10 Ways to Fight Stagnation and Change Trajectory
Persistence may be your problem.
Repeating the past won’t create a new future.
Successful leaders tenaciously persist. However, clinging to failed strategies until your knuckles turn white won’t make them magically work. It isn’t noble; it’s dumb.
Repeating the past creates more of the past.
When persistence is dumb?
“If at first you don’t succeed, try, try again,” works when you know where you’re going. Yet, dogged determination is dumb without clearly defined direction.
Most need others to help them see their dumbness. Find smart people to talk with.
Keep on keeping on until you clearly identify new targets. Stopping without new direction may be catastrophic.
When it’s time to change trajectory?
- Know that stopping comes before starting. It’s frequently the hardest step.
- Nothing less than brutal honesty takes you there. People don’t like to admit to themselves that they aren’t getting where they want to go. Admit it!
- Tap into your frustrations rather than ignoring them. They may help you find new directions.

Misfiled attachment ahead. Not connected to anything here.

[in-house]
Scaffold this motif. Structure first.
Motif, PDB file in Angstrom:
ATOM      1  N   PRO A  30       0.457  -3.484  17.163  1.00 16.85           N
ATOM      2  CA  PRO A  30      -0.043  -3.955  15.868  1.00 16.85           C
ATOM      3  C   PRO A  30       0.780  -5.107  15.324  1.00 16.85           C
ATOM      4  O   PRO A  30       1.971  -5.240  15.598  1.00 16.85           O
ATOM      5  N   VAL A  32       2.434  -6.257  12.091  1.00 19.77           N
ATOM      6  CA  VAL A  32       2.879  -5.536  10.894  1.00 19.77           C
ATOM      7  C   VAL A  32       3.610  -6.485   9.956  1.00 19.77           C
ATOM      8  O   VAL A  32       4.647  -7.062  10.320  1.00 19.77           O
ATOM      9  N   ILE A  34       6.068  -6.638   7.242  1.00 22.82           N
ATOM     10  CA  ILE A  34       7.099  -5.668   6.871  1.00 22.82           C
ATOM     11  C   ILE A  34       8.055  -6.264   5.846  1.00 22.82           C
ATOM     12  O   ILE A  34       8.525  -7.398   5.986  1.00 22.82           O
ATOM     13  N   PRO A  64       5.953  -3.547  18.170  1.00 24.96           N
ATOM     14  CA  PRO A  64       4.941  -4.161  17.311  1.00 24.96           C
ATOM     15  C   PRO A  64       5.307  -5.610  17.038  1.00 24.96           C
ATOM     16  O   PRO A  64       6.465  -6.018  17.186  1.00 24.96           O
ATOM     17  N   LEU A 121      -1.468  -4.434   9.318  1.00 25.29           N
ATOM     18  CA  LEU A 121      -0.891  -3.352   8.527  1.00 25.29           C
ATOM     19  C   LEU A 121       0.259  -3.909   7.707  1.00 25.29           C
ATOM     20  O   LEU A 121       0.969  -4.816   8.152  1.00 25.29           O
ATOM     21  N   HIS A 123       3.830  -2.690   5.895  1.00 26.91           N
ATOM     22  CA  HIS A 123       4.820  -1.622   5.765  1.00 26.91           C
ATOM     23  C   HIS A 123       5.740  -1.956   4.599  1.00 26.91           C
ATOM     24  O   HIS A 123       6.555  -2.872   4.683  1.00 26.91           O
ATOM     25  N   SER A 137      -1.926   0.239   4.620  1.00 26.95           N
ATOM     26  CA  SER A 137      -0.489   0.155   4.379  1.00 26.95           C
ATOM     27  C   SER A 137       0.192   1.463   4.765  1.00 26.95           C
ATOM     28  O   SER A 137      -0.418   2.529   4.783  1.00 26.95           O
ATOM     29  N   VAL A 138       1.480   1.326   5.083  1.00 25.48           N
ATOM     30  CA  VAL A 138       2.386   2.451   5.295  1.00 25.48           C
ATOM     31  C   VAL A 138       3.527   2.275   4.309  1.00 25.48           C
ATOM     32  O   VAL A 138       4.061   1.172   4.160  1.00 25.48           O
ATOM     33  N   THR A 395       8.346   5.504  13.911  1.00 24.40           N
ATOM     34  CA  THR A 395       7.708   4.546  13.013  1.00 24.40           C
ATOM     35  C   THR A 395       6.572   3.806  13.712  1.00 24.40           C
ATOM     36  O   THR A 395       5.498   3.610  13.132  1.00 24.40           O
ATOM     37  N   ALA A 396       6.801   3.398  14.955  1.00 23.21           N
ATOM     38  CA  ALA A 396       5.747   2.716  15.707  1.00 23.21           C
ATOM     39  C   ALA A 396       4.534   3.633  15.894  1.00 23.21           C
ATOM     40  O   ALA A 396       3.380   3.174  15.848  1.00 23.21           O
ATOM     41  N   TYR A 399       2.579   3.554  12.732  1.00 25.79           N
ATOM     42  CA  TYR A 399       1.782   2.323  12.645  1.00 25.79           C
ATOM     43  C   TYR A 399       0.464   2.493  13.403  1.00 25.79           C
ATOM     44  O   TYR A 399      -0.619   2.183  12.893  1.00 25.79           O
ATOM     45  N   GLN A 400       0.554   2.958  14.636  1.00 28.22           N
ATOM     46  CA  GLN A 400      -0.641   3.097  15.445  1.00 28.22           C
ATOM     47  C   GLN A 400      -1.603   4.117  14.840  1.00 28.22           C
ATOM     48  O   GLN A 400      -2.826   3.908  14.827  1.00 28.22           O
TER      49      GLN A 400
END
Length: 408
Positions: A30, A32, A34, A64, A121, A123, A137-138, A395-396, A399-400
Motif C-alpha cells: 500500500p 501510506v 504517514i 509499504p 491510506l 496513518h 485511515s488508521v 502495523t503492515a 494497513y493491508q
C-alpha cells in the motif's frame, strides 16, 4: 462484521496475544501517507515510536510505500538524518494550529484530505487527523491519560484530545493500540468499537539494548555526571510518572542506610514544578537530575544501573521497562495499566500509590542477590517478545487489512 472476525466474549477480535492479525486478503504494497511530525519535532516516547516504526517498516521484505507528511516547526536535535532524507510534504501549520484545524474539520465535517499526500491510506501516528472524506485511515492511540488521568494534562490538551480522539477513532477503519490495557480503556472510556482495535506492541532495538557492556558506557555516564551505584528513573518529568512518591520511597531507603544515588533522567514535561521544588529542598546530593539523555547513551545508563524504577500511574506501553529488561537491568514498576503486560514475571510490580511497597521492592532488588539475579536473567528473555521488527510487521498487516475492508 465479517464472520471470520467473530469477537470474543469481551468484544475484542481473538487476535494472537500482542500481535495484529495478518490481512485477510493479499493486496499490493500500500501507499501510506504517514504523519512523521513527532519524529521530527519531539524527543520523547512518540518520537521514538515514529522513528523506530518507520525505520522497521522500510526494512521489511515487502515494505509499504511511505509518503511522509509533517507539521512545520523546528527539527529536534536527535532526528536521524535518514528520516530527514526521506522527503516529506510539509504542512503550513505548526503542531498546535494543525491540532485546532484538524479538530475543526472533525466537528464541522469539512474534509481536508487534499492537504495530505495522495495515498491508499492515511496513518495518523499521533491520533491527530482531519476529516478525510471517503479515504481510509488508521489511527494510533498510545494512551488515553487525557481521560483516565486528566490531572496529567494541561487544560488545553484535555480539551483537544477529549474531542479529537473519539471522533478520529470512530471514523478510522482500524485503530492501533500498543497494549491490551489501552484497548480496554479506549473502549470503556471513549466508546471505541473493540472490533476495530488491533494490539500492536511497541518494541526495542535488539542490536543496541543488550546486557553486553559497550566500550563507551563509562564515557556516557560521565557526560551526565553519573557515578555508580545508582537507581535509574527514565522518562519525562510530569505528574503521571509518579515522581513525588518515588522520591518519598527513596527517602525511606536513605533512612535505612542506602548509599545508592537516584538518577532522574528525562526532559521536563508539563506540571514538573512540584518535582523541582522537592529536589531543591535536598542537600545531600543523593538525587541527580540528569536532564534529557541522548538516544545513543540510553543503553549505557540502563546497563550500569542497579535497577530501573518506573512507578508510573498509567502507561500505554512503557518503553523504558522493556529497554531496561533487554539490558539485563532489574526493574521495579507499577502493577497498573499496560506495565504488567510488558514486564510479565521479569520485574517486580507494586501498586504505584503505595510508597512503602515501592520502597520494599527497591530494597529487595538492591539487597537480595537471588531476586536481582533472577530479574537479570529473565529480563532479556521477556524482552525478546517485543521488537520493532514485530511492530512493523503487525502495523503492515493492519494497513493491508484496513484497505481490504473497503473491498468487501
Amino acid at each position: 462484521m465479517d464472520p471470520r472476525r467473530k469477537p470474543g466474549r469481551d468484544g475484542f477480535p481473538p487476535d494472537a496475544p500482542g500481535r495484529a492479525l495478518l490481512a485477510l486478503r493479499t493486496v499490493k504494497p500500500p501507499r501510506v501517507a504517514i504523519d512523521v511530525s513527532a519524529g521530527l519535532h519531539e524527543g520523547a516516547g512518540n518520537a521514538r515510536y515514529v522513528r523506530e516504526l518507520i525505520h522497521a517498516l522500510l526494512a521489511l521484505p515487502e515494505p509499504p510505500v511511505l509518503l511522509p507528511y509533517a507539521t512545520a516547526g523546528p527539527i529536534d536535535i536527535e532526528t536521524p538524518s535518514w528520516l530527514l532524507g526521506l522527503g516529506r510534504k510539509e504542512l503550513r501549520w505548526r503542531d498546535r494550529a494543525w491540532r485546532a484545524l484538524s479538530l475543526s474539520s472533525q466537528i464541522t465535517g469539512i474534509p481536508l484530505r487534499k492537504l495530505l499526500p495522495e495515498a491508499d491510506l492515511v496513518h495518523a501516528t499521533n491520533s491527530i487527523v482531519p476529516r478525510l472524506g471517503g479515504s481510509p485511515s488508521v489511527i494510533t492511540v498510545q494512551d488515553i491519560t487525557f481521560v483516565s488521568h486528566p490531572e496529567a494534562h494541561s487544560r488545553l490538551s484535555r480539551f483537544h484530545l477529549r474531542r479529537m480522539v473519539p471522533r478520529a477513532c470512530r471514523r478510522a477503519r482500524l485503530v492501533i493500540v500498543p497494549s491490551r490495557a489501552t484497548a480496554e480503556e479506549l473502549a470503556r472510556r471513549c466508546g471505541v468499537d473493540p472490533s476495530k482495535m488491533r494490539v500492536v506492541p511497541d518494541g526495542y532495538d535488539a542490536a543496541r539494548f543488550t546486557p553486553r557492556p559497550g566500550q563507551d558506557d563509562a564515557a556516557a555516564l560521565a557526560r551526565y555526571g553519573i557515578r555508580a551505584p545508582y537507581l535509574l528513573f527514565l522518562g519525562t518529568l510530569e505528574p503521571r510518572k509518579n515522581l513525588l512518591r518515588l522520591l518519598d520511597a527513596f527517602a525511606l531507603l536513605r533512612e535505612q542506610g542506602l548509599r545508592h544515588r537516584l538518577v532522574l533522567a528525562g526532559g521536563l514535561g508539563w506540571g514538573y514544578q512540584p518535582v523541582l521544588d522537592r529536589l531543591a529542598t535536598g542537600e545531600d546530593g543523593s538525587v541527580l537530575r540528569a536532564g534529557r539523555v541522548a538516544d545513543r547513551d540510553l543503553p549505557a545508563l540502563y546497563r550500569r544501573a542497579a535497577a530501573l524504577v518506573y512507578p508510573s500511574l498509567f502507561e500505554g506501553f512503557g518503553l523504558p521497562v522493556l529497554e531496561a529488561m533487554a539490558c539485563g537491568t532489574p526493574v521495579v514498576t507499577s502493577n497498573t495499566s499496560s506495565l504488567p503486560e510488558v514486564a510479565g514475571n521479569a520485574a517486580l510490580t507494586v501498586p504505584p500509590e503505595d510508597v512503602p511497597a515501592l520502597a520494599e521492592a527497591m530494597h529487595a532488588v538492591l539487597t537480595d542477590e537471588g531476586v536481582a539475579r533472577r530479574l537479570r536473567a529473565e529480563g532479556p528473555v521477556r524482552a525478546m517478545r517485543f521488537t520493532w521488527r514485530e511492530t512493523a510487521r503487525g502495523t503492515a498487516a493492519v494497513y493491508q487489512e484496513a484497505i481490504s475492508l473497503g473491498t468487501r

- Warning! Don’t go around the office whining about your frustrations.
- Don’t get stuck in “no.” It’s easy to list the things you don’t like.
- Intentionally translate negative frustrations into positive, “I want,” statements.
- Focus on what not who. It’s easy to blame others for your frustrations. Don’t.
- Don’t decide quickly. Withhold judgment. Explore options. Consider consequences.
- Tell someone your plans.
- Connect with leaders who have changed trajectory.
If the past is creating your desired trajectory, persist. If not, begin creating a new present that changes your future.
What can you add to the, “How to change trajectory,” list I suggested?
What are some of the dangers of changing trajectory?